A few weeks ago, that would have meant a lot more to me than it does today. (Spoiler alert: one of the things on this list is that the days of the week don’t matter that much anymore.) But Friday means that I’ve officially had two weeks as a full-time member of the No-Pants Club (I am in fact not wearing pants right now) trying to turn writing into a full-time career.
In the two weeks that I’ve been working from home, I’ve discovered that, for all I had hopes and dreams my life would be radically different and I would be free – free! – from all the stresses and challenges of modern-day living, instead, things are very much the same as they always were. I still struggle to balance my workload. I still have a tough time getting up in the morning. I still have a hard time forcing myself to work out. Just because I don’t have to do these things on anyone else’s schedule, doesn’t mean I don’t still have to do them. But in two weeks, I’ve already figured out some tactics for preventing inefficiency and allowing myself to sleep at night. So, without further ado, here are ten things I’ve learned in two weeks of self-employment:
10. Life is still stressful.
In fact, it’s arguably more stressful. The difference is that it’s internal rather than external. Now that I am the sole deciding factor in whether or not I can pay my bills, there’s a lot more pressure to succeed. When you’re working for someone else, the money is steady. That paycheck shows up regularly, and it may not be much, or as much as you’d like, but it’s there. And it’s consistent. Now, that consistency is gone, and I alone am responsible for determining whether or not I’ll be able to pay rent next month. Sound stressful? Yeah. It is.
9. The days of the week cease to matter.
Drinks on Tuesday? Four-hour writing session on Saturday? Brunch on Monday morning? It all sounds great to me. When you’re self-employed, it doesn’t matter what day or what time of the day you get your work and your fun in – it only matters that you get your work done, and that you block out times to relax and de-stress just as you would at a normal job.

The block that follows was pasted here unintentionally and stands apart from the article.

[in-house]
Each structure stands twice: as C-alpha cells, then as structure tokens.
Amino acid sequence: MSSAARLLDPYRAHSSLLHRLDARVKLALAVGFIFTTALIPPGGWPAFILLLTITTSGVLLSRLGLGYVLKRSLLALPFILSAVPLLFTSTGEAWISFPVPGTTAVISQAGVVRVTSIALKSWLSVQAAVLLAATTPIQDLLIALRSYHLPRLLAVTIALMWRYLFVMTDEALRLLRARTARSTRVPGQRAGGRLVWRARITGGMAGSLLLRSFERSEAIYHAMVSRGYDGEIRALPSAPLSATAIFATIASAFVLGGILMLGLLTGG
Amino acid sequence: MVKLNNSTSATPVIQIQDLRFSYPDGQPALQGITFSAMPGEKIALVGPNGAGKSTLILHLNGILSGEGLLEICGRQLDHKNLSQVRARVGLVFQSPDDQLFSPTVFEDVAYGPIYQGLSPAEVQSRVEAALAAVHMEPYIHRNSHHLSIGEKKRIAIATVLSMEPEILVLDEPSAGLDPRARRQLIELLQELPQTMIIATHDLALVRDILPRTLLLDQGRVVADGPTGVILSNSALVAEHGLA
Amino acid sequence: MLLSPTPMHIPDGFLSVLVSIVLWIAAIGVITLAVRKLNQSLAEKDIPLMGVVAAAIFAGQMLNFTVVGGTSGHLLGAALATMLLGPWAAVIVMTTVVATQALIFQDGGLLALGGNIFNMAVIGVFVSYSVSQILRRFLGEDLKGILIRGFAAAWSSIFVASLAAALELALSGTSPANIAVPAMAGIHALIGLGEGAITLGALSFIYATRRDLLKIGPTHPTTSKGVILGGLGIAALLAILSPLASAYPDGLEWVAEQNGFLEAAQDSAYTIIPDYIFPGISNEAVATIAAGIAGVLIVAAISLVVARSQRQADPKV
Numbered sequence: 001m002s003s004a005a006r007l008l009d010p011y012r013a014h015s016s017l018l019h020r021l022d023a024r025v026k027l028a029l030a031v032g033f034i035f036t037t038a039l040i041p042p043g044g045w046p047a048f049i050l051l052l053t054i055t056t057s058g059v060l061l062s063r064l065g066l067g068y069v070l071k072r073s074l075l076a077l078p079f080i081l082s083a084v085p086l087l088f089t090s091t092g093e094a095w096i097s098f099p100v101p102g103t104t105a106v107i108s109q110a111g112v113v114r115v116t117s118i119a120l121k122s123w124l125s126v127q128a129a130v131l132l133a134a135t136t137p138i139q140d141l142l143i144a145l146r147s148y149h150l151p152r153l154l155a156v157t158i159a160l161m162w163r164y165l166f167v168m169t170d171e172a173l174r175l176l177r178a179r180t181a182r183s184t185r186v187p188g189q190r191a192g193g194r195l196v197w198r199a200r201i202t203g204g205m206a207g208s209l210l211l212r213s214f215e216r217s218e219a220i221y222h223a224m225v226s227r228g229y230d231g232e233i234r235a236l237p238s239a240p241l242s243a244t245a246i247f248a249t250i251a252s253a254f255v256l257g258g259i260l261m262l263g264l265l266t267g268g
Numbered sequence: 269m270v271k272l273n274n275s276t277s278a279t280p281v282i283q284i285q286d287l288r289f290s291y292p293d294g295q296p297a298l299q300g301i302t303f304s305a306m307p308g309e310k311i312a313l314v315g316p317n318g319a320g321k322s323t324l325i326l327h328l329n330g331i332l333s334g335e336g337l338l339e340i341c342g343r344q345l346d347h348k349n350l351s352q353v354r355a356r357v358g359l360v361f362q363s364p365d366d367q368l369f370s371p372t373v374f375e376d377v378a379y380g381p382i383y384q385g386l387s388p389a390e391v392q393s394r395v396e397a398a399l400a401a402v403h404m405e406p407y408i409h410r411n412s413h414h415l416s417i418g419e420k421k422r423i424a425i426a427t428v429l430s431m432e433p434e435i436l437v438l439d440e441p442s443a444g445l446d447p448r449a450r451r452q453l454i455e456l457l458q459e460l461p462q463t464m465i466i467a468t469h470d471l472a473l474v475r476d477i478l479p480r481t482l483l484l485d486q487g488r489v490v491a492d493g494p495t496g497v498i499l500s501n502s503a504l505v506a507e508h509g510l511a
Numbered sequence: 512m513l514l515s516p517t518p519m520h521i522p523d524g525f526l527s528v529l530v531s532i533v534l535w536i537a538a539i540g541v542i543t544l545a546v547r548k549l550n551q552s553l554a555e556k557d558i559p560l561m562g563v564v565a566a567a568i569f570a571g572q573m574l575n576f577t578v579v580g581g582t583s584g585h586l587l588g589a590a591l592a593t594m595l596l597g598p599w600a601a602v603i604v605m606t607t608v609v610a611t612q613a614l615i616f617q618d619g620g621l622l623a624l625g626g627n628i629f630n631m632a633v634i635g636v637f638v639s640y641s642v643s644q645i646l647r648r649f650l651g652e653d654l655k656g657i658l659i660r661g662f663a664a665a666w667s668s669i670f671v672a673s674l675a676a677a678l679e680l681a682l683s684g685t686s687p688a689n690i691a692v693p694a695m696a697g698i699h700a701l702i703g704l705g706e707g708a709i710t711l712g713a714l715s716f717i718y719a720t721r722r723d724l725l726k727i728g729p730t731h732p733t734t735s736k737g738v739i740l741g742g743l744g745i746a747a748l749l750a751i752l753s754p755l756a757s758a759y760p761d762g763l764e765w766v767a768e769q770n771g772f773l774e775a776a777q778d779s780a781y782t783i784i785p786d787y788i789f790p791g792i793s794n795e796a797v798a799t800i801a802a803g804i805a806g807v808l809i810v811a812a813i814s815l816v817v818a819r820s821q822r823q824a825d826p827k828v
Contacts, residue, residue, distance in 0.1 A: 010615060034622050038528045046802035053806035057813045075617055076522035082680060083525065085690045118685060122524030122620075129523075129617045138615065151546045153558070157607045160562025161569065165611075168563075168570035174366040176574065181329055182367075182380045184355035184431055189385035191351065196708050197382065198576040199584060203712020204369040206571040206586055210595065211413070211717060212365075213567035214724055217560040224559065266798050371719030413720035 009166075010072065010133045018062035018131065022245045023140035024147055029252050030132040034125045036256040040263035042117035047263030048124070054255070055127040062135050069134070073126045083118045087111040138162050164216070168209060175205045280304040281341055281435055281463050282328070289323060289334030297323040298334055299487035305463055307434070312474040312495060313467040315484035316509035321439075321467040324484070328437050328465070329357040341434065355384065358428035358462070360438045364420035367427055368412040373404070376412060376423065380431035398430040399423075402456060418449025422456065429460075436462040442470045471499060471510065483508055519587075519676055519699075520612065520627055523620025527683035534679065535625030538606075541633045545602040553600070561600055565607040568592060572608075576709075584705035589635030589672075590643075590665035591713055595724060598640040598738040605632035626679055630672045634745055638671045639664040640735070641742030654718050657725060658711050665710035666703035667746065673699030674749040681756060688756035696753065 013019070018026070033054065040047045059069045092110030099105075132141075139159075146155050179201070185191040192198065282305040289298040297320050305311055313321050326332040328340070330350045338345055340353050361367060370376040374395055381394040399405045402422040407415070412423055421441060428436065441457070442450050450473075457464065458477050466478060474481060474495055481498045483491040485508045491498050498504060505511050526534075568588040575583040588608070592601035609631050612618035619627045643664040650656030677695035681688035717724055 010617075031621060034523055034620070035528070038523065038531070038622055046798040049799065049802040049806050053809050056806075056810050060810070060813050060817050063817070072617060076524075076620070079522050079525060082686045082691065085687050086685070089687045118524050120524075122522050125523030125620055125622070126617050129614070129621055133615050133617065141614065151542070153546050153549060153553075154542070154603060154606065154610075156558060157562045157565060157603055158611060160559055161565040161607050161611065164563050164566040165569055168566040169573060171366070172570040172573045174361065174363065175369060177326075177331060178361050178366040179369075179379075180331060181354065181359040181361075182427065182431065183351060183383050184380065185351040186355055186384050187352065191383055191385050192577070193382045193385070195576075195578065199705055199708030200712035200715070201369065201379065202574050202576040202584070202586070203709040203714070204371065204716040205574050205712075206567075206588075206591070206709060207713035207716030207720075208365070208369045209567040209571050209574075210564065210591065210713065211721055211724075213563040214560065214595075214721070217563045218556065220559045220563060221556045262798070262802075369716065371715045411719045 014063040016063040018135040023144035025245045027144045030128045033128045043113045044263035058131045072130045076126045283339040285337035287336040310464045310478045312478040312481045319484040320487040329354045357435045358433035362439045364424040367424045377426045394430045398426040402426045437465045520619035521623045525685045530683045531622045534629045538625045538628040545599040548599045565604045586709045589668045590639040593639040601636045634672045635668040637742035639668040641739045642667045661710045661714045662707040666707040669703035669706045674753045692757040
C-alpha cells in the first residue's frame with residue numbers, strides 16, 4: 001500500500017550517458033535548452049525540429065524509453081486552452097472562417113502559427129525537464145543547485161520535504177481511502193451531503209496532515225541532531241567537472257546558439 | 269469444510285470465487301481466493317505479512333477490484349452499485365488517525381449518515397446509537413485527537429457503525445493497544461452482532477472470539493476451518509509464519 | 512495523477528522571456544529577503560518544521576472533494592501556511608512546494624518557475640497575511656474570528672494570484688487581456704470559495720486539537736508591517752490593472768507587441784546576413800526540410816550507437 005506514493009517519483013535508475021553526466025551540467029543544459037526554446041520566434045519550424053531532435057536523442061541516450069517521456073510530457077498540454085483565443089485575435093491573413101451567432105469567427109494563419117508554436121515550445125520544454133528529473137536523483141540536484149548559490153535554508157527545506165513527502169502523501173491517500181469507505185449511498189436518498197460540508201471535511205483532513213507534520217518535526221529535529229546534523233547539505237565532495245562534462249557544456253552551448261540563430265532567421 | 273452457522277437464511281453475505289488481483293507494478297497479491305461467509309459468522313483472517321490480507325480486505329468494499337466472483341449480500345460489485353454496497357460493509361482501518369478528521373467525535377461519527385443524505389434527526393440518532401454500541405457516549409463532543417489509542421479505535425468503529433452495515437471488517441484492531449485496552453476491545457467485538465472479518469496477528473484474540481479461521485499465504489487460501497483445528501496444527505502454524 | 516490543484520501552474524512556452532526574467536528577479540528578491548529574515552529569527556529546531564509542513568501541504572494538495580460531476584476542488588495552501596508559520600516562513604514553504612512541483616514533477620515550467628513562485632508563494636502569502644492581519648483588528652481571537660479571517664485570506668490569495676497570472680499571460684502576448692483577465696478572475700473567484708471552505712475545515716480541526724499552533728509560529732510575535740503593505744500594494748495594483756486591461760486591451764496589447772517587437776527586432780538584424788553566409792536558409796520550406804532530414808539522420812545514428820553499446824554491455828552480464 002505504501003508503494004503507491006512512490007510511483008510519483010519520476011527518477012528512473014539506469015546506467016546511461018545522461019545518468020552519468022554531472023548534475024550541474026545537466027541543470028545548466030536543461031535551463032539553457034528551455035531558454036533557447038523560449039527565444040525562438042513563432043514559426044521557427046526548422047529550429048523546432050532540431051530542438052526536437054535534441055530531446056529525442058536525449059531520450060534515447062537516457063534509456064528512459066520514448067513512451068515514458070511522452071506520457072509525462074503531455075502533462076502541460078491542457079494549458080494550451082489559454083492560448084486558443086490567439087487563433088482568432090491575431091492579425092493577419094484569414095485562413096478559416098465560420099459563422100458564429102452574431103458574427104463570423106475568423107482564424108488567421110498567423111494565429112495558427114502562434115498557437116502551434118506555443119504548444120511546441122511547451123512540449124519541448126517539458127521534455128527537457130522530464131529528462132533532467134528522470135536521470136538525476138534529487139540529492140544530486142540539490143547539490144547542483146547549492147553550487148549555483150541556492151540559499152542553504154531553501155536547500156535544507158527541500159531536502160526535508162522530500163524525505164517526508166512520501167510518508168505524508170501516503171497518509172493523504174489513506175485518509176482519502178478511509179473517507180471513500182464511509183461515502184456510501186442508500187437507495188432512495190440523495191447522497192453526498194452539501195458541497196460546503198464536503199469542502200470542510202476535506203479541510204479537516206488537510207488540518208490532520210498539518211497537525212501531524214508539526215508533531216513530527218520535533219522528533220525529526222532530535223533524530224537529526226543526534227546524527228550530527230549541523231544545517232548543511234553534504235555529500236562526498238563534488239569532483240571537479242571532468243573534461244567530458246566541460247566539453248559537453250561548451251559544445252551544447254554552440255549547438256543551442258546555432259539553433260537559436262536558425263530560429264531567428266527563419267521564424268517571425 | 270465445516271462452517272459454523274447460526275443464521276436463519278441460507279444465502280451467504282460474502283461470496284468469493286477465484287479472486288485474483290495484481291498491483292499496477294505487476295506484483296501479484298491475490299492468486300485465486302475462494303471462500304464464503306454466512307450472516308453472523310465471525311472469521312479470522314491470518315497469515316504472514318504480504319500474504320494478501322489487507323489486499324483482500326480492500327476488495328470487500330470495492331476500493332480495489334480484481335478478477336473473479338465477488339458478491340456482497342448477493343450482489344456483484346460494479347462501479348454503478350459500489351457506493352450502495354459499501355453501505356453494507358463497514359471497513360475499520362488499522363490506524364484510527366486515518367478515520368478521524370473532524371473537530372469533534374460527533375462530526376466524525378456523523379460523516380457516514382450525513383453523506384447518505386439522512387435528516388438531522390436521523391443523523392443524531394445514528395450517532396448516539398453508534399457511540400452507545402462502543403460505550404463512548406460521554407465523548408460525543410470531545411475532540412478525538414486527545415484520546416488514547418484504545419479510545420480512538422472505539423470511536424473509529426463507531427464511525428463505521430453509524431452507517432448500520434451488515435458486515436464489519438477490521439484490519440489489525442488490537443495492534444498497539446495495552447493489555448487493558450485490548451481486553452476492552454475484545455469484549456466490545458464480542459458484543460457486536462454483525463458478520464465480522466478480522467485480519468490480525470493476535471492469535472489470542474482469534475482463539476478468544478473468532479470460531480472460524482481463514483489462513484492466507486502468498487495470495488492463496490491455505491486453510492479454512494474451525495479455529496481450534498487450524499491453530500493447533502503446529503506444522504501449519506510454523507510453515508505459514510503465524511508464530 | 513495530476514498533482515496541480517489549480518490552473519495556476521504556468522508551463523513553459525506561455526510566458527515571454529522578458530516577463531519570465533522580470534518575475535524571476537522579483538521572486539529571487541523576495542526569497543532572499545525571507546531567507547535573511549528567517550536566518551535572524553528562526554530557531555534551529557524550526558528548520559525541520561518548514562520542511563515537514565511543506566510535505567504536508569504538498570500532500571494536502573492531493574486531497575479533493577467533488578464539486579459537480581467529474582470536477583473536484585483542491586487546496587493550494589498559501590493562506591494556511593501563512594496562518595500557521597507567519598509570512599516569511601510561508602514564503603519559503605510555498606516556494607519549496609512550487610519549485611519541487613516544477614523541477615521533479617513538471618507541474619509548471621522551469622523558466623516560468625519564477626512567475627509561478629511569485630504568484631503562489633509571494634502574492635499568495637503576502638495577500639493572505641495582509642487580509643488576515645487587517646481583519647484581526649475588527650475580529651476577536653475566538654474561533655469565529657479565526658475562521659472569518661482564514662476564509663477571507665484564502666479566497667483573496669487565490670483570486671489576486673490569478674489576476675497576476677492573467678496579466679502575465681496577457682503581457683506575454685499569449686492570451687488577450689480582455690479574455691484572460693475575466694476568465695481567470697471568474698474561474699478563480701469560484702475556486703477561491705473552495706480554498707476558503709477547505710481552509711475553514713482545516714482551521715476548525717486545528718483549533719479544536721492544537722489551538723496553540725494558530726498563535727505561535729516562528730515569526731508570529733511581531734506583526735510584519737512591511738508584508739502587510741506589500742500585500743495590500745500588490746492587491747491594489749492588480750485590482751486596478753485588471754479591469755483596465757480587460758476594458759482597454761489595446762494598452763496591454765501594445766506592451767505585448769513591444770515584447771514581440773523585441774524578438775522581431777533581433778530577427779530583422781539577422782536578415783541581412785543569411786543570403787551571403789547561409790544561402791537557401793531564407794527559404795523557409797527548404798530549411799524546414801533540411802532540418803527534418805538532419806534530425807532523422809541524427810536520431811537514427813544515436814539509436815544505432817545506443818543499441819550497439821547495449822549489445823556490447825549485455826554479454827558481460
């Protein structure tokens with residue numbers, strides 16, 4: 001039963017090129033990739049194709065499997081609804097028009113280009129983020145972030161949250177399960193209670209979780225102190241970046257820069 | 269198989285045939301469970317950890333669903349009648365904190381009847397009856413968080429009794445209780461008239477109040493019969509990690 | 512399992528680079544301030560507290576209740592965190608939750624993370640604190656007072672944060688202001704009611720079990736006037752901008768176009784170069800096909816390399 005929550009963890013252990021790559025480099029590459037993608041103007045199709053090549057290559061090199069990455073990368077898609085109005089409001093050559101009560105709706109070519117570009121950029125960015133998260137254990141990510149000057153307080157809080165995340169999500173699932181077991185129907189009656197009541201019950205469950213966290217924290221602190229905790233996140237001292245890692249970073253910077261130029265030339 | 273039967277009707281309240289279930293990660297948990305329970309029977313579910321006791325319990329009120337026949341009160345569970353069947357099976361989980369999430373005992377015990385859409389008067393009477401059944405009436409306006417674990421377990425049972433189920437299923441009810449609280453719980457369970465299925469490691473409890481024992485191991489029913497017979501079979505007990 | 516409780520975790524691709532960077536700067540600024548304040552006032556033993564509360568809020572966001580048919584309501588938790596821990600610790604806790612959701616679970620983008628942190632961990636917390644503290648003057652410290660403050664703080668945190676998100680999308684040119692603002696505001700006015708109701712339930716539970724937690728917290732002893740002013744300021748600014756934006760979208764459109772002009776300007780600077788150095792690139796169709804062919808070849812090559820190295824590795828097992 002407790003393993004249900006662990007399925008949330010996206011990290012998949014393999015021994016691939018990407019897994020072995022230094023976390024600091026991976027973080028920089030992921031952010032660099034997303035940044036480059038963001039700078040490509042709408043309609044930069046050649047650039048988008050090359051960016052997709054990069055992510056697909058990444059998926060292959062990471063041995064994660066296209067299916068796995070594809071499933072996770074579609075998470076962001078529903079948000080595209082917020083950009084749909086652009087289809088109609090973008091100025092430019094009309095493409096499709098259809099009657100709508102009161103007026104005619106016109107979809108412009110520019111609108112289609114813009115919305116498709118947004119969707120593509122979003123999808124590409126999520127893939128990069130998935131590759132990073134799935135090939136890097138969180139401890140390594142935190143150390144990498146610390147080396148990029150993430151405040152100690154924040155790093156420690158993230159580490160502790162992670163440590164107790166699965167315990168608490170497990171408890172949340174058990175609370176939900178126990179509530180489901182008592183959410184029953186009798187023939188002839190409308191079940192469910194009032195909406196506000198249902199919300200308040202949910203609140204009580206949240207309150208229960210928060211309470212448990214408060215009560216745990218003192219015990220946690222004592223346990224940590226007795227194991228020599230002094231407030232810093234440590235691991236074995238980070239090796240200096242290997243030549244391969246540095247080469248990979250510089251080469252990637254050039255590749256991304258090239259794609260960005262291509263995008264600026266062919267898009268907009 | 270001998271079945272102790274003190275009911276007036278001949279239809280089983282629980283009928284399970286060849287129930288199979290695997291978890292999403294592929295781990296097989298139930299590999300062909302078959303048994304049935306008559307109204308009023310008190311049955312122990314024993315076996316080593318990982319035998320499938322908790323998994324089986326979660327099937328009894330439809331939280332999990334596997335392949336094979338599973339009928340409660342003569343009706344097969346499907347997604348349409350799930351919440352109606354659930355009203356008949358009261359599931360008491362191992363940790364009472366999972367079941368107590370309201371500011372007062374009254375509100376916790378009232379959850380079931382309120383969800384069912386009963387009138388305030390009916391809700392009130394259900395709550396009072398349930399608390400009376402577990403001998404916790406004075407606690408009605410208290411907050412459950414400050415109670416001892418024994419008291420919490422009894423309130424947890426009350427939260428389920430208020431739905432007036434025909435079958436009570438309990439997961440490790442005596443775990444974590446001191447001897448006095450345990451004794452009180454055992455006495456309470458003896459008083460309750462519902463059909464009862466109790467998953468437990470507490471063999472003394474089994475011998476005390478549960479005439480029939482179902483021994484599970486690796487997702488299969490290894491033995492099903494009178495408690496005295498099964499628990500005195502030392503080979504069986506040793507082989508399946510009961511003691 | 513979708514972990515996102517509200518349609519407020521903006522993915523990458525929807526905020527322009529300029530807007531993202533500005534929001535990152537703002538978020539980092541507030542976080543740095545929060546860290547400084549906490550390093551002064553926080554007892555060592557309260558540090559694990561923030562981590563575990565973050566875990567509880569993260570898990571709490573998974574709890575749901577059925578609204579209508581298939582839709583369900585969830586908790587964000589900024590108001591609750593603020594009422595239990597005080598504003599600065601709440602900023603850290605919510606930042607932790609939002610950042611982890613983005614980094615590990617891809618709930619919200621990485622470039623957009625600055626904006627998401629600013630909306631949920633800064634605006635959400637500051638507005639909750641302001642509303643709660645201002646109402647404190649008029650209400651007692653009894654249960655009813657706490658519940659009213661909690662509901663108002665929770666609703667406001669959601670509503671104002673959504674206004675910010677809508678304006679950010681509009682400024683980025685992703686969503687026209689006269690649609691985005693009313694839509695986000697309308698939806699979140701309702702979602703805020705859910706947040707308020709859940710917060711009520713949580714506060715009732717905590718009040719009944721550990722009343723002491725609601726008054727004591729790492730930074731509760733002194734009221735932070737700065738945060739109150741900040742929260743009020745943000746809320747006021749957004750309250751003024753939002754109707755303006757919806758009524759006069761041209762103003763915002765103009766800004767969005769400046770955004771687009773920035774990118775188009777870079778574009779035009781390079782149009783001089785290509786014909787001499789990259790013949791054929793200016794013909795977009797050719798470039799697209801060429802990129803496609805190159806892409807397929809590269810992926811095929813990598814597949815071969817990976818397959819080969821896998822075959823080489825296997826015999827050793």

8. “Decision anxiety” is real.
A few times over the last two weeks I’ve wasted as much as a few hours inefficiently flipping between several different projects I wanted to work on and for some reason couldn’t pick one to focus on. When you’re self-employed, you have to be diligent in blocking out periods of time to work on certain tasks. Otherwise, as I’ve learned, you’ll waste loads of time toggling back and forth between Facebook, Twitter, and Instagram because you want to work on everything at once and can’t decide where to start.
7. Setting small but important goals is critical.
If you don’t set goals, you don’t have anything to keep you on target, and you won’t have a history of what you’ve done to get where you are now. By setting and tracking goals – for me, these go under different categories of writing, blogging, marketing, and social media – I can account for what I did each day, and what works and what doesn’t. Also, when you set goals, and cross them off your list, you add to your sense of productivity at the end of the day, and feel better about closing your laptop when it’s time to relax.